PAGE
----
We Need a Speed Bump, Not Fast Track

Twenty years ago, NAFTA (North America Free Trade Agreement) was sold to Americans as a job-creating, economy-stimulating trade deal. But 20 years later, we know we have been duped. NAFTA cost the United States more than 1 million manufacturing jobs because of imports from Canada and Mexico or the relocation of factories to those countries. Despite a 239% rise in food imports under NAFTA, the average food price in the U.S. went up 67% -- exactly the opposite of what was promised during the debate. Wages have been stagnant. Only the rich and big corporations got richer. And now the administration and some in Congress are seeking authority to fast track international trade deals like the Trans-Pacific Partnership (TPP) – which is being negotiated and modeled after NAFTA but involves 11 Asian and Latin American countries – that benefit international corporations but undermine labor rights, food safety, environment, anti-trust policy, and more. 

What does this fast track authority mean? It means things are allowed to be negotiated behind closed doors. With this authority, the administration and corporations can negotiate international trade deals without input from Congress and the American people who will be affected by them. Congress can only approve the deal or vote it down completely – which has never happened before – without making any changes no matter how problematic some provisions might be.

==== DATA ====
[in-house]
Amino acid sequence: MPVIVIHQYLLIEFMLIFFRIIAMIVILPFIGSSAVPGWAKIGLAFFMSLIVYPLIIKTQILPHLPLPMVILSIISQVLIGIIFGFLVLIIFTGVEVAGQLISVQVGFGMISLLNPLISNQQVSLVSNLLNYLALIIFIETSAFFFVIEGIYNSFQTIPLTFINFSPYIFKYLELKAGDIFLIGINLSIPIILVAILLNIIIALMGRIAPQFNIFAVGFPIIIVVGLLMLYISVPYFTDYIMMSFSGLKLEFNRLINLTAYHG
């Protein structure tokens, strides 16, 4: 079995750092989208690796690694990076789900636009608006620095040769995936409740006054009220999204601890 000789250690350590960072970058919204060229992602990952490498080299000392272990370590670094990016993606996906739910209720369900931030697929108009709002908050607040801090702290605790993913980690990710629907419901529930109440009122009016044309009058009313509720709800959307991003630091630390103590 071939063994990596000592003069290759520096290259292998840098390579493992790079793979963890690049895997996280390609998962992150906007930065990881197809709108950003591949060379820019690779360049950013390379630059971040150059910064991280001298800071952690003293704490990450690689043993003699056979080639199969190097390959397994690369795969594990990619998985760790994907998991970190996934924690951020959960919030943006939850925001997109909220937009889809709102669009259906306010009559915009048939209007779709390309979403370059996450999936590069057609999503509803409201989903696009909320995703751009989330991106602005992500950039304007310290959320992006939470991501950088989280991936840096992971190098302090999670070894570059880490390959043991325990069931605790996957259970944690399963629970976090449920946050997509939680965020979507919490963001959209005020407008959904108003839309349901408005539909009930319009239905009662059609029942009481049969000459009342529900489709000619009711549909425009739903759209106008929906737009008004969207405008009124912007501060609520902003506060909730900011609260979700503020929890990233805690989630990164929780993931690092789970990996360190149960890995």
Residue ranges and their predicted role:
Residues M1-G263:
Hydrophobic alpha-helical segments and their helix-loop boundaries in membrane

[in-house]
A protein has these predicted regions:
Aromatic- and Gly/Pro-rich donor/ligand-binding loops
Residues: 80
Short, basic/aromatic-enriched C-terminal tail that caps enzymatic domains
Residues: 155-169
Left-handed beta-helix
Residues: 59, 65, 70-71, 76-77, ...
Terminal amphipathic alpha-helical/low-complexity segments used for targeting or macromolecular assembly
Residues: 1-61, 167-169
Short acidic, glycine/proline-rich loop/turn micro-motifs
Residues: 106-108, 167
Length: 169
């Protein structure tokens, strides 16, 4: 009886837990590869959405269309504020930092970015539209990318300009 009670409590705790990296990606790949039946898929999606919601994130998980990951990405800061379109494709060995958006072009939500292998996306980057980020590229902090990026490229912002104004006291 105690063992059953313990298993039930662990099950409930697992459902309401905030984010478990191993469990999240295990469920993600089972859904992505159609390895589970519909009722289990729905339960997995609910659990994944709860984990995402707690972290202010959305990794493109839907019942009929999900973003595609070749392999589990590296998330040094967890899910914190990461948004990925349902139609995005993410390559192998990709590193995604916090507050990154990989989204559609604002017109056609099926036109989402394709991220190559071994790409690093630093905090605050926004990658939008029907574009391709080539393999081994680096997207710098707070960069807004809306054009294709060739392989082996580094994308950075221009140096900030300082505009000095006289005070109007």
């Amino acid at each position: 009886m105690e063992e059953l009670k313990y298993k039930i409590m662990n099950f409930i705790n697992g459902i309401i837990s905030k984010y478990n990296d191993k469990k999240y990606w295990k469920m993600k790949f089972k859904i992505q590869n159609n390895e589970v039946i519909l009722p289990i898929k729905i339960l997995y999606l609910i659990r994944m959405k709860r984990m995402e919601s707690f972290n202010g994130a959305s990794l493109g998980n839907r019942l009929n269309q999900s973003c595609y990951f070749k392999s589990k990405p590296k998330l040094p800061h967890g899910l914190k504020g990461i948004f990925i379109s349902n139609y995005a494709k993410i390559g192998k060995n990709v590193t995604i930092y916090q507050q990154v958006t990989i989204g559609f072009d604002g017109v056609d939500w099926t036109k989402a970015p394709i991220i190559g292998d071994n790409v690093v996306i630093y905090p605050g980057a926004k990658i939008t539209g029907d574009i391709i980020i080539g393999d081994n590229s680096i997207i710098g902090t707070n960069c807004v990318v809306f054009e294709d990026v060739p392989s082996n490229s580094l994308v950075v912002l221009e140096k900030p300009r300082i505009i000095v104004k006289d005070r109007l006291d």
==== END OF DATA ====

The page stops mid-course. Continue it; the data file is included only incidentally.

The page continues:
Why do you have to care about TPP? Because it affects you as a worker and consumer in so many ways. According to the leaked documents (they are being so secretive about it that that was the only way to learn about the deal), TPP would restrict certain buy local and buy American initiatives. It would create new patent extensions for drug companies that would raise medicine prices for us all. It would allow foreign food companies to import food to the U.S. without following the U.S. food and safety standards. It would allow foreign companies to challenge U.S. laws and policies and require American taxpayers to fork over millions or billions of dollars in damages. This provision, called Investor-State Dispute Settlement, is increasingly common in trade agreements and its use is on the rise. For example, a French company sued Egypt because Egypt raised its minimum wage. Philip Morris is using the provision to stop Uruguay’s new tobacco regulations intended to cut smoking rates. Another provision would provide incentives for the U.S. to send jobs to low-wage countries, many of which have a long track record of human rights violations. 

AFGE stands with the entire labor movement against fast-track authority and bad trade deals like TPP. The AFL-CIO Executive Council, which AFGE is part of, met in Atlanta this week and issued a statement calling for transparency and reform in trade negotiations especially Fast Track. Read the council’s statement here.

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